Business Management

The Main Reason Most Businesses Fail and How to Avoid It

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Portrait of a concentrated Asian accountant at her workplace using her calculator. Concept of accounting in business.

As our headline indicates, there is one primary reason most businesses fail: Running out of cash.

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This happens to businesses at all stages and must be carefully guarded against by you, the owner, at all times.

You might say, "I have plenty of money in my account, I have nothing to worry about." But is the money in your account actually yours, or is it lender's funds that you really shouldn't be touching?

Here’s the scary part: You and you alone are responsible for making sure the company does not run out of money and have to fold. If you have to tell your employees that you have to shut the company down because you have failed to make sure you are profitable or used the money foolishly, then that is 100% on you.

You are also responsible for your marketing and sales to get people in the door. You may have employees taking care of those duties for you, but you are ultimately responsible for bringing the money in the door to make sure you stay in business.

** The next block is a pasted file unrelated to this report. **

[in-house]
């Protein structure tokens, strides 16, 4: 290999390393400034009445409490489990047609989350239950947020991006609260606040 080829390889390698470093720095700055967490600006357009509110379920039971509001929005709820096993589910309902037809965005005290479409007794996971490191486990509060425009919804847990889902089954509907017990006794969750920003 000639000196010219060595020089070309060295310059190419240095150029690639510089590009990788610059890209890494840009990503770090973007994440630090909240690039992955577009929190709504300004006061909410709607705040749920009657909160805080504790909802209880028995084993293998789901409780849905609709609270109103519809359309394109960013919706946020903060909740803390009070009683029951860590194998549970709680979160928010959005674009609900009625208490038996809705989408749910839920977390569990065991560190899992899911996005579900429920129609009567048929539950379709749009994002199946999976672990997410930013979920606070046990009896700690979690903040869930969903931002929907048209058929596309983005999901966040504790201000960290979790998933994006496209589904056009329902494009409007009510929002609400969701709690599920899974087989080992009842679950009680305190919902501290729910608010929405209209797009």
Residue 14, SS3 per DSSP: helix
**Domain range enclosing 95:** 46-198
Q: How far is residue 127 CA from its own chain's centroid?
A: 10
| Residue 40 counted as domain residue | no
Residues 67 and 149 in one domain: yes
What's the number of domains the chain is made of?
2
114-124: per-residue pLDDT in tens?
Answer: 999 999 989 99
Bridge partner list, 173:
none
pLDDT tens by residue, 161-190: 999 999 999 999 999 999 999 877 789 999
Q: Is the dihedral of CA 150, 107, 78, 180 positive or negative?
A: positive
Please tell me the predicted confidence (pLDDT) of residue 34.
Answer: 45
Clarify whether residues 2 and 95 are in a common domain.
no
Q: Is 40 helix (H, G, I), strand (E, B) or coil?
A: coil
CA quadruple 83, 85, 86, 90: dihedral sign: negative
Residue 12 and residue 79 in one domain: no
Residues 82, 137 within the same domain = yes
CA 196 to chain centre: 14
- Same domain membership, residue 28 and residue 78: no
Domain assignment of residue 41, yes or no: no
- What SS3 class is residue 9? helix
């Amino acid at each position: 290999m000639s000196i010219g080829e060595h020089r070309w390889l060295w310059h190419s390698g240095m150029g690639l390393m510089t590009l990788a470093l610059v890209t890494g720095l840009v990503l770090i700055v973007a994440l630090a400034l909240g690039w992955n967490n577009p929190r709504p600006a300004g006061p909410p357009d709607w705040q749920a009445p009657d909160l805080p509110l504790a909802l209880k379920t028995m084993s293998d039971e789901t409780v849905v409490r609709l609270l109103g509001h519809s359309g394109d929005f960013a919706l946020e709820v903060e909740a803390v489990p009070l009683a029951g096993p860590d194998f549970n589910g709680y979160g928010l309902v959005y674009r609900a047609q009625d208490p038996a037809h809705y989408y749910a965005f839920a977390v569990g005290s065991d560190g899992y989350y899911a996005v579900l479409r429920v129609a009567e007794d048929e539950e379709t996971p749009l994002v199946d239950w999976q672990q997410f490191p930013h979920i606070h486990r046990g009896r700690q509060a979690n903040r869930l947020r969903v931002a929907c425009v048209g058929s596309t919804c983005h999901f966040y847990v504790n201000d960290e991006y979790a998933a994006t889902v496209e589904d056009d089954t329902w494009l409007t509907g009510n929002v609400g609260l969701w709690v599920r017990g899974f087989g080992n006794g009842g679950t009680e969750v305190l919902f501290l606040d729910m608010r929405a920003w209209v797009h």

Related: The Essential Importance of Cash Reserves in a Crisis

If this scenario happens to you, your employees will go out and find another job (I’m sure they will be sad and upset, but they will have to), but you will have to make a major turnaround and start a new business or go to work yourself.

If it doesn’t scare you that you might have to take orders from a boss, then I don’t think you’re a real entrepreneur. If this scene is out of your worst nightmares, and you want to make sure it never happens to you, then you need to make sure that you safeguard every single penny that comes into your business.

Now that I’ve scared the living daylights out of you to make sure you see the ramifications of not safeguarding your hard-earned money, let’s dive into the importance of making sure you know your numbers.

Know Your Numbers

Portrait of attractive hardworking businesswoman with Afro hairstyle busy doing paperwork at office desk, working through finances, using calculator and making notes in her notebook with pen